However, senior transport economist and founder of the LPI project Jean-François Arvis stresses that a country cannot improve through developing infrastructure, while failing to address border management and other supply-chain issues.
Logistics performance is strongly associated with the reliability of supply chains and the predictability of service delivery for producers and exporters, the report notes, adding that supply chains are only as strong as their weakest links. They are also becoming more and more complex, often spanning many countries while remaining critical to national competitiveness.
“It’s difficult to get everything right. The projects are more complicated, with many stakeholders, and there is no more low-hanging fruit,” Arvis argues.
The report also finds that low-income, middle-income and high-income countries will also need to adopt different strategies to improve their standings in logistics performance. “Comprehensive reforms and long-term commitments from policymakers and private stakeholders will be essential. Here, the LPI provides a unique reference to better understand key trade logistics impediments worldwide.” Source: Engineering News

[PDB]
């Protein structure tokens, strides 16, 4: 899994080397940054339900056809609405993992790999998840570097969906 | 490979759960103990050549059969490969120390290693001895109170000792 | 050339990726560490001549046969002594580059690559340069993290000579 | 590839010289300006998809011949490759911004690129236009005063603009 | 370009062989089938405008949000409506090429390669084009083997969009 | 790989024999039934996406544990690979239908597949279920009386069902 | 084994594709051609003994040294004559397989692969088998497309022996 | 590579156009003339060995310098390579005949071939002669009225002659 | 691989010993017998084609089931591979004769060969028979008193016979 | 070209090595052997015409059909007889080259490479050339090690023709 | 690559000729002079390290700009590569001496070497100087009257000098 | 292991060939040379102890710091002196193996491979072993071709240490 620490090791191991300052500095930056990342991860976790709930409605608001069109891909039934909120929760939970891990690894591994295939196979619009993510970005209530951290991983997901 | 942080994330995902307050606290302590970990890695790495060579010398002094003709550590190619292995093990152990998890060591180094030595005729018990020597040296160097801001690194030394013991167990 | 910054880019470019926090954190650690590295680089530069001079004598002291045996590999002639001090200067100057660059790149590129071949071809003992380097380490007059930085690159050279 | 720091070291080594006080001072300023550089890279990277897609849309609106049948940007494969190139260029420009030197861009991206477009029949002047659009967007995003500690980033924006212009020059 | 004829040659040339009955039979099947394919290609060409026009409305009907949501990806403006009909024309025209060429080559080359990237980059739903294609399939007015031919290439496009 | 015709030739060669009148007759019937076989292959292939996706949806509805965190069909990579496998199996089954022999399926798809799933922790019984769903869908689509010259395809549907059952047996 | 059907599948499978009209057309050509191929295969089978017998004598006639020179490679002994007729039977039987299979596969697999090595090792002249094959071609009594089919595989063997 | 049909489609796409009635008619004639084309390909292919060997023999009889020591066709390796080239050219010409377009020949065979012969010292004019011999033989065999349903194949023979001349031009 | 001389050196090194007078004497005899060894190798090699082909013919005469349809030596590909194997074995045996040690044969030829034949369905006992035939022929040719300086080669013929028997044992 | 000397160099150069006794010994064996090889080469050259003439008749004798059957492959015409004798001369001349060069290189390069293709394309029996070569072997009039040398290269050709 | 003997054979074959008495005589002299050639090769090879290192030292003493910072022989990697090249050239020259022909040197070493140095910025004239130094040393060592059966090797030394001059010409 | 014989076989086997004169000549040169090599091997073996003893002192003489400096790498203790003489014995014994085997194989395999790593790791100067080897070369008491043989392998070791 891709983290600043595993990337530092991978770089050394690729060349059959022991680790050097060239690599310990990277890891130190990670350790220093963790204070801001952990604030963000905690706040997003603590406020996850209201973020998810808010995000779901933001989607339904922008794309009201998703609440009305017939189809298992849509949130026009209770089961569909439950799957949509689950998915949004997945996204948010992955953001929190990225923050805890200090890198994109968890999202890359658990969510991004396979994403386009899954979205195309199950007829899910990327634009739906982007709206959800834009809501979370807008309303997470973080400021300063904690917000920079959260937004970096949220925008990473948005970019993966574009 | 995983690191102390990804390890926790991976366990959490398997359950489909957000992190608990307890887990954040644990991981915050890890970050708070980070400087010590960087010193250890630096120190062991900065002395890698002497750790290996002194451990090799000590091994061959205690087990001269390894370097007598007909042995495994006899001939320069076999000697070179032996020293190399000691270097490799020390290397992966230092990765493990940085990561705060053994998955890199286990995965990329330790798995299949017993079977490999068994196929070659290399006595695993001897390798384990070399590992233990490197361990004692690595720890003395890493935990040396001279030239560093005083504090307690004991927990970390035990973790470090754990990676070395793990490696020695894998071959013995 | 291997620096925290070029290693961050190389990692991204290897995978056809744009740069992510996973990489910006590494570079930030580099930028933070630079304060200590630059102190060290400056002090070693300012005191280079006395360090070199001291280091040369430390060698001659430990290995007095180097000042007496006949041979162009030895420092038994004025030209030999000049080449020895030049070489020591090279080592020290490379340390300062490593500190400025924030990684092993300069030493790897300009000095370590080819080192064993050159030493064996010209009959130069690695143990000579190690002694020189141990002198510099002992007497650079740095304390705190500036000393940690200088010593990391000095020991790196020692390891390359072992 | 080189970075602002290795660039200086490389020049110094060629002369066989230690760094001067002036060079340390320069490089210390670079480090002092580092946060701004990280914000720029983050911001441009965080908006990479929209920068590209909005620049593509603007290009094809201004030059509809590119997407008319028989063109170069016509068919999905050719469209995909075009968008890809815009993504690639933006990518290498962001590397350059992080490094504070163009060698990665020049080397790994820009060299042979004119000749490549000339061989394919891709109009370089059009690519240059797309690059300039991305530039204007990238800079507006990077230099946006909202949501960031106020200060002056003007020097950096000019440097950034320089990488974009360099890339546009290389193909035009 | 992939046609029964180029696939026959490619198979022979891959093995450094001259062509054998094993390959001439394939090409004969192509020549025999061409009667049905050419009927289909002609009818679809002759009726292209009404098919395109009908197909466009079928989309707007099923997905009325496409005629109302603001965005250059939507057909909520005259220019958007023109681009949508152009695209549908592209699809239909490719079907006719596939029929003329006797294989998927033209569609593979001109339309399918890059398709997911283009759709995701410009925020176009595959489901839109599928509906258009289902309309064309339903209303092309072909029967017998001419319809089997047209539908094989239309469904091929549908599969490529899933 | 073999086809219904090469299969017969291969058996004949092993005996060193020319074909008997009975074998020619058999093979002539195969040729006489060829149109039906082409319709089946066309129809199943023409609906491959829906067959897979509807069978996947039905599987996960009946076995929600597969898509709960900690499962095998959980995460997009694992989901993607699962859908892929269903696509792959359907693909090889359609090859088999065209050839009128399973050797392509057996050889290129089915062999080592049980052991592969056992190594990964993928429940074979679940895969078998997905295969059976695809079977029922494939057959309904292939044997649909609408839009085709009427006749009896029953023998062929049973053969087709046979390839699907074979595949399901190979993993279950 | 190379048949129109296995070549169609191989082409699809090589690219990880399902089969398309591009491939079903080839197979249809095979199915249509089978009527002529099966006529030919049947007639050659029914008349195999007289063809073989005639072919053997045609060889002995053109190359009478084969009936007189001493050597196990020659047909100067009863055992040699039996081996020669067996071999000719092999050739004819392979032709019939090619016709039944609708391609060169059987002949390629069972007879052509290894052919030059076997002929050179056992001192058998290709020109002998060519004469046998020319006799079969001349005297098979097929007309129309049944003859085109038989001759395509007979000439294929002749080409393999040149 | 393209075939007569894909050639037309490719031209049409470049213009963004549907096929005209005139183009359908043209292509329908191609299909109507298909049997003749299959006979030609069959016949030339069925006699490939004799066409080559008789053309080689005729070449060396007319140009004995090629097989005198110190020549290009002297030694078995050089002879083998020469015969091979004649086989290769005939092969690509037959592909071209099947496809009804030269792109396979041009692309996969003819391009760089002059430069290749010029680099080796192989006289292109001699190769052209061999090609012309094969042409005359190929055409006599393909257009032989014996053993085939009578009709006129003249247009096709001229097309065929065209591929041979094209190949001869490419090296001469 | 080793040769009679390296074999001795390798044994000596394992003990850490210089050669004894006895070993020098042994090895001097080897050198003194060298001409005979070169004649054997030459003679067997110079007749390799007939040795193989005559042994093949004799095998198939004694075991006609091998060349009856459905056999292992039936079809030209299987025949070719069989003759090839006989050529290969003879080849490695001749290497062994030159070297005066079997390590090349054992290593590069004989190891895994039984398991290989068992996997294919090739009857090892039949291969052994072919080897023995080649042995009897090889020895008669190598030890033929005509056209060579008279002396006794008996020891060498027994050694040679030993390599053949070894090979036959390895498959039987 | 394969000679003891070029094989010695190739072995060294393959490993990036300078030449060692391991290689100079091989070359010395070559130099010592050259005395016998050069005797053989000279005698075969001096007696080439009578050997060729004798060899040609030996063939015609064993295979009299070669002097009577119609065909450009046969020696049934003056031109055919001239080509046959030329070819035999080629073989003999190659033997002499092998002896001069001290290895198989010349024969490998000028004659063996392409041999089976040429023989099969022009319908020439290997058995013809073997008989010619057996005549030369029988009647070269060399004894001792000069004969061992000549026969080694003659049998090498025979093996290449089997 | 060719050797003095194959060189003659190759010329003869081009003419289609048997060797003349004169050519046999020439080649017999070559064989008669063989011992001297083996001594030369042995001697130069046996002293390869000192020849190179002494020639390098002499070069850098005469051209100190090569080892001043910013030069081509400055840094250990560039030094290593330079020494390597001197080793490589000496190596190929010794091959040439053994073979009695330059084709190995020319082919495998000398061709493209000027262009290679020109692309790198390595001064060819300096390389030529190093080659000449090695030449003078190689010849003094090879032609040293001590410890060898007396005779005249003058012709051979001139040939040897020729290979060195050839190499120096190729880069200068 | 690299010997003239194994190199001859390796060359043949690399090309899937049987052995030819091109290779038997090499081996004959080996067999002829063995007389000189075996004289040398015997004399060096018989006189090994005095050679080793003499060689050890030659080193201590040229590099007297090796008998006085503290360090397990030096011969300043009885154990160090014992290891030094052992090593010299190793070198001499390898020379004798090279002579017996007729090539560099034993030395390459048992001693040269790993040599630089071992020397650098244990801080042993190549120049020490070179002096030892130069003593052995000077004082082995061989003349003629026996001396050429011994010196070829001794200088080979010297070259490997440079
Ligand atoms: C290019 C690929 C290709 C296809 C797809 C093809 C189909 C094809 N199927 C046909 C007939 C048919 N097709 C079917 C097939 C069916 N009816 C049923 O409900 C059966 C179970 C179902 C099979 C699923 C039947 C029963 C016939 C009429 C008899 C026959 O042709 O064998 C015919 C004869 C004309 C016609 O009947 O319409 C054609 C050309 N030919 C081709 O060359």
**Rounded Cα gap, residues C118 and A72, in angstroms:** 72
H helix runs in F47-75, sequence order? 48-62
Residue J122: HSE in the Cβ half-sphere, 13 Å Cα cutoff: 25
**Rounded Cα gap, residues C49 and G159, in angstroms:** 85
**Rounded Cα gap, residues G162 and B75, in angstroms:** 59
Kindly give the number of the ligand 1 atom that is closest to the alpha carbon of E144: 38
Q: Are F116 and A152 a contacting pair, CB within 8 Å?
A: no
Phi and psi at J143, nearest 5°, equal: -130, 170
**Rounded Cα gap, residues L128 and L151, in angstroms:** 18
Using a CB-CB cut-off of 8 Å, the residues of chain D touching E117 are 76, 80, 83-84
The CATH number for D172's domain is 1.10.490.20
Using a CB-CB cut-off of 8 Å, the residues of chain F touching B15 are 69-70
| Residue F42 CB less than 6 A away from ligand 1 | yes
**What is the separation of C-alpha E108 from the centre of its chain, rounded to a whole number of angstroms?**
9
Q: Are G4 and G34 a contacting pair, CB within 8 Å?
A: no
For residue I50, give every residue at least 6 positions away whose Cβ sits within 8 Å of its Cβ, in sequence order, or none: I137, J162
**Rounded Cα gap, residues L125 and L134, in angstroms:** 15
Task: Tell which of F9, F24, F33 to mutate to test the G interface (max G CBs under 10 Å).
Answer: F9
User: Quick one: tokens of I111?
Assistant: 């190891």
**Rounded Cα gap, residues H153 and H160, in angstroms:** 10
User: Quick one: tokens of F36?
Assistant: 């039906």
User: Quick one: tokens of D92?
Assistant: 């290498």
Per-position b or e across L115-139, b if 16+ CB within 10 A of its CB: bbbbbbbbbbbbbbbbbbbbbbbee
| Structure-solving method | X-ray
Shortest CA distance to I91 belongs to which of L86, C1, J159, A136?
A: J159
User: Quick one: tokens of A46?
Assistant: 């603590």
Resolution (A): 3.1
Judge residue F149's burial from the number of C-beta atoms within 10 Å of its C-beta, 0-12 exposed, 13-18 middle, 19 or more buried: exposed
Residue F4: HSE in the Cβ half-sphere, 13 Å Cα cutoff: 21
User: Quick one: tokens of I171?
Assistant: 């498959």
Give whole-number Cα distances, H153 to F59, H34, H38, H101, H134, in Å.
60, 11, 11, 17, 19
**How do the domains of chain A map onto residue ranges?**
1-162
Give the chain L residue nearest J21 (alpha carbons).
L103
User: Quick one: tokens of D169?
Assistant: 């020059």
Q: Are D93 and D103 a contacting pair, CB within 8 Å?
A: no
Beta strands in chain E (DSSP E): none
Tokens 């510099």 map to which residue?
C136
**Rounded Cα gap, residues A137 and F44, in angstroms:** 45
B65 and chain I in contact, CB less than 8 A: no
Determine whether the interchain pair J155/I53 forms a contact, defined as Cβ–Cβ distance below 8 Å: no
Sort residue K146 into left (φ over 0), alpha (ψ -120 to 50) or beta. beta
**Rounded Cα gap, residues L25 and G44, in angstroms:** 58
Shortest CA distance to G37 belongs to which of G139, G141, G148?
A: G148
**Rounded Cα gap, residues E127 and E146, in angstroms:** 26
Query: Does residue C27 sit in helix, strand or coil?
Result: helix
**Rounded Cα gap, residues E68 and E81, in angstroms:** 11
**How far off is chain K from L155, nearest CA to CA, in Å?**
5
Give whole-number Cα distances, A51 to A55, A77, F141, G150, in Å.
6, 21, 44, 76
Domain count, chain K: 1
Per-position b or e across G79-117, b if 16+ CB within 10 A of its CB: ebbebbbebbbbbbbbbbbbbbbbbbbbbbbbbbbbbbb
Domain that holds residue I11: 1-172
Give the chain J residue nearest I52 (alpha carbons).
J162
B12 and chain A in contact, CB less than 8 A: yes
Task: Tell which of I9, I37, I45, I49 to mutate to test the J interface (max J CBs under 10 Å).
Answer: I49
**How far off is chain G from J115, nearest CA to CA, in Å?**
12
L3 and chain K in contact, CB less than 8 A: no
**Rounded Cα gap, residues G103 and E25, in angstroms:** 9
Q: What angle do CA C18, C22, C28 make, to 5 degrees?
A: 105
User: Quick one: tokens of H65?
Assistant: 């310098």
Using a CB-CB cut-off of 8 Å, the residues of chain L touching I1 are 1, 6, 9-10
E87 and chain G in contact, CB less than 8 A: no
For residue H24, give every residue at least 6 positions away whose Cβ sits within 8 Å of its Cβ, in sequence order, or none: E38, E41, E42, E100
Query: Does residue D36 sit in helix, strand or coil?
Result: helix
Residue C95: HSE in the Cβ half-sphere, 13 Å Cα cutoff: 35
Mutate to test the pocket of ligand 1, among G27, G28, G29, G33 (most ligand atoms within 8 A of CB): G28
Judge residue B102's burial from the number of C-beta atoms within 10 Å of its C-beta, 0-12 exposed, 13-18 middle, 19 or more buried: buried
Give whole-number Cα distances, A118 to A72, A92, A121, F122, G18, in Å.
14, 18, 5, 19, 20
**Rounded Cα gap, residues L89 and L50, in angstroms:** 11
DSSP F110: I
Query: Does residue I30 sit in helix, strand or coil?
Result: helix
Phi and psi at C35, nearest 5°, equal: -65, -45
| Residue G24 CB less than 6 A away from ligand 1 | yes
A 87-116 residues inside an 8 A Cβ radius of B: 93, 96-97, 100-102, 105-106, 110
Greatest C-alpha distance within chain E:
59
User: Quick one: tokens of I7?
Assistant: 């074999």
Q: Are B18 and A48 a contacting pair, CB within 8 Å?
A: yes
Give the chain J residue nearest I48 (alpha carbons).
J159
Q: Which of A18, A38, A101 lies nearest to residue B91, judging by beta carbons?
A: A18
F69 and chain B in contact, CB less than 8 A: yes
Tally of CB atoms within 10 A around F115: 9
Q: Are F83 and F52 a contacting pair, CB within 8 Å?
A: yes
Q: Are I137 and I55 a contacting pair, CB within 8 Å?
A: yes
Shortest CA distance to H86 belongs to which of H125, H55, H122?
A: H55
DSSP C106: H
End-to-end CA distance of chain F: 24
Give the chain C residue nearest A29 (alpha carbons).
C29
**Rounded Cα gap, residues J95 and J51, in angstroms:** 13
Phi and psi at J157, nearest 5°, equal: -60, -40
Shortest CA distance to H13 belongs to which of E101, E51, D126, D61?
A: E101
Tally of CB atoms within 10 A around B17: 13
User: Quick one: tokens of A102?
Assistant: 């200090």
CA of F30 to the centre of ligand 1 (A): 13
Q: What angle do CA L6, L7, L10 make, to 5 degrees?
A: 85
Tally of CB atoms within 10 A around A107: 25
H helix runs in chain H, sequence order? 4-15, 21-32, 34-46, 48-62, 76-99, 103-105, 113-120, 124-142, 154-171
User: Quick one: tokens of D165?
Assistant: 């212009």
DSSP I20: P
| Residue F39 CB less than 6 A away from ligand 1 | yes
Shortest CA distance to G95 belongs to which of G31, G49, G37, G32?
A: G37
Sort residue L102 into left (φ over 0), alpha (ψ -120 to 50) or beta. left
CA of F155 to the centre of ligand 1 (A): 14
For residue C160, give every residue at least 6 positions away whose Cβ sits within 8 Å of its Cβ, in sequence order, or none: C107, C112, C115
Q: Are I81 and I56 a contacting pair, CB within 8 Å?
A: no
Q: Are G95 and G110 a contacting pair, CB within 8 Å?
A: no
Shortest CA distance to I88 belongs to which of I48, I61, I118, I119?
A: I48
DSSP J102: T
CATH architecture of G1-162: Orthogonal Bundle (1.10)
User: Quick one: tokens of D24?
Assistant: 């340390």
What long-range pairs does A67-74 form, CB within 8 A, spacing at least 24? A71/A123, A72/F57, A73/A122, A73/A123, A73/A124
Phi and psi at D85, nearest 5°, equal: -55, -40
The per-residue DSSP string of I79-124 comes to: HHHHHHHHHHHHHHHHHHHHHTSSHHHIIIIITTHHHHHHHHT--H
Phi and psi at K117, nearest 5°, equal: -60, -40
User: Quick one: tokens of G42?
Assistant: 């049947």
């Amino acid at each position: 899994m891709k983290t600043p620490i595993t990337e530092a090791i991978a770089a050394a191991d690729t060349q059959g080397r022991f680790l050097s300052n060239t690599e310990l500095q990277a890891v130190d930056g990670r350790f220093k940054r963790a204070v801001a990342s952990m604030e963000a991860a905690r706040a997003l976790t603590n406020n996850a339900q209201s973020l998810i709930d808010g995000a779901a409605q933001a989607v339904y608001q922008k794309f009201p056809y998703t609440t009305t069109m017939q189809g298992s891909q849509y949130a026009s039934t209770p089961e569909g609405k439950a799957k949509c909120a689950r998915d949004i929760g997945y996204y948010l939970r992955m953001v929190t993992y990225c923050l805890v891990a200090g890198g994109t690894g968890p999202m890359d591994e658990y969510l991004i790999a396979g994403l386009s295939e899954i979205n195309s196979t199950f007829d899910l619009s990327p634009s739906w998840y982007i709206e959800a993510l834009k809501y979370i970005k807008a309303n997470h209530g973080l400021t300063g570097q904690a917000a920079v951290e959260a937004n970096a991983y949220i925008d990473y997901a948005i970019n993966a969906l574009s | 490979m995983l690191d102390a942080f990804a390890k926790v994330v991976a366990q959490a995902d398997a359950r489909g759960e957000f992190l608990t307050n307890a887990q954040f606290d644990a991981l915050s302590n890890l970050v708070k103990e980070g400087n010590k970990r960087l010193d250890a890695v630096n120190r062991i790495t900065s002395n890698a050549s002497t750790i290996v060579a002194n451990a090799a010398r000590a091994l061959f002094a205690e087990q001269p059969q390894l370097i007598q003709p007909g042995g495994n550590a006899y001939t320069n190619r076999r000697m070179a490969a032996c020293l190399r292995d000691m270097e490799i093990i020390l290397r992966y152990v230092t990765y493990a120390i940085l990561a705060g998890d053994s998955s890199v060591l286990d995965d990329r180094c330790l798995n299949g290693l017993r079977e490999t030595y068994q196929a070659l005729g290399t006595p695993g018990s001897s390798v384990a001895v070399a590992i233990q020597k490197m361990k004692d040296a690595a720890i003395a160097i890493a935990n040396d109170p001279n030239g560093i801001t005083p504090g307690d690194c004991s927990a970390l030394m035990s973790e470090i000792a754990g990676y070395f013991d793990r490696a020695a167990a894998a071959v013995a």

- Logistics Performance Index (LPI) Report: The Gap Persists (worldbank.org)
The report, South Africa Economic Update 5: Focus on Export Competitiveness, examines the performance of South Africa’s export firms against that of peers in other emerging markets— and analyzes the challenges. It assesses South Africa’s economic prospects in the context of the global economic environment and prospects.